A recent article in the NY Times discusses how consumers that actually have health insurance are foregoing medical care. With more and more health plans having a high deductible, that means we’re responsible for up to the first $6000 before the deductible is met and our insurance benefits kick in. I recently wrote about this phenomenon on this blog here.
The NY Times article, as expected, focused on the calamity that is the “high deductible” and how people choose to save money at the possible detriment to their health. While I’m not suggesting avoiding all recommended tests, a high deductible may make medical sense in addition to economic sense. Consider this.
From an economic standpoint, a high deductible is reasonable. If we don’t think we’ll be using our health insurance, ie we’re pretty healthy, paying less in monthly premiums with the unlikely possibility of paying more in the way of a deductible may cost us less in the long run. But it also makes sense from a medical perspective.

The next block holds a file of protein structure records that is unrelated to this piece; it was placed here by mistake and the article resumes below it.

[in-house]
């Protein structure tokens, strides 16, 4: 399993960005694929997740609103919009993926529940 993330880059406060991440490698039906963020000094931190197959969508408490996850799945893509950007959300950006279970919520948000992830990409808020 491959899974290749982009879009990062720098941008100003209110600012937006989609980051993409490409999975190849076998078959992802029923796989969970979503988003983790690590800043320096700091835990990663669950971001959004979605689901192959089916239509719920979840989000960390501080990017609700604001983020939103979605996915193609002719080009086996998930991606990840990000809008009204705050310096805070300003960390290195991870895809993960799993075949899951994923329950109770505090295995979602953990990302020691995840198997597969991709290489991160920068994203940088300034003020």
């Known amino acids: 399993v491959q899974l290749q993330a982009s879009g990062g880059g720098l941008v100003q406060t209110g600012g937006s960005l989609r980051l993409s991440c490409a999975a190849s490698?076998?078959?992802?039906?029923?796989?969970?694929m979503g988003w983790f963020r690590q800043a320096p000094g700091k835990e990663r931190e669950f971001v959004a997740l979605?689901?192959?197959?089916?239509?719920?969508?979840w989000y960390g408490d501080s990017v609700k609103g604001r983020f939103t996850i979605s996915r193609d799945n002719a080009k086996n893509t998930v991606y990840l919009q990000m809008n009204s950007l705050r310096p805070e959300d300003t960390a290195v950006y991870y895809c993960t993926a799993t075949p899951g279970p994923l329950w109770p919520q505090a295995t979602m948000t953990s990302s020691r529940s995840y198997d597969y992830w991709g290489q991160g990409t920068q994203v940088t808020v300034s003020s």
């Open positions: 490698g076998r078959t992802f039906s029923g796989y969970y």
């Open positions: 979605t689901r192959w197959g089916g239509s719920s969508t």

There are times when a doctor orders a test out of an abundance of caution. But just because you have a headache doesn’t mean you need an MRI to diagnose a brain tumor. Having a high deductible may encourage us to avoid unnecessary medical tests when we simply have a headache. Granted, the example in the NY Times article cites a woman that has an abnormal ballooning of a blood vessel in her brain (an aneurysm) that requires monitoring. Because her deductible is so high, she won’t be getting a brain scan this year to see if it’s grown. This is the exception.
In general, taking a moment to consider whether we need an expensive test at the first sign of a symptom like nausea, vomiting, or a headache, may introduce a little sanity into our healthcare decisions. We’re no longer living in the high flying days of getting whatever test we want or think we need because we just assume our insurance will cover it all.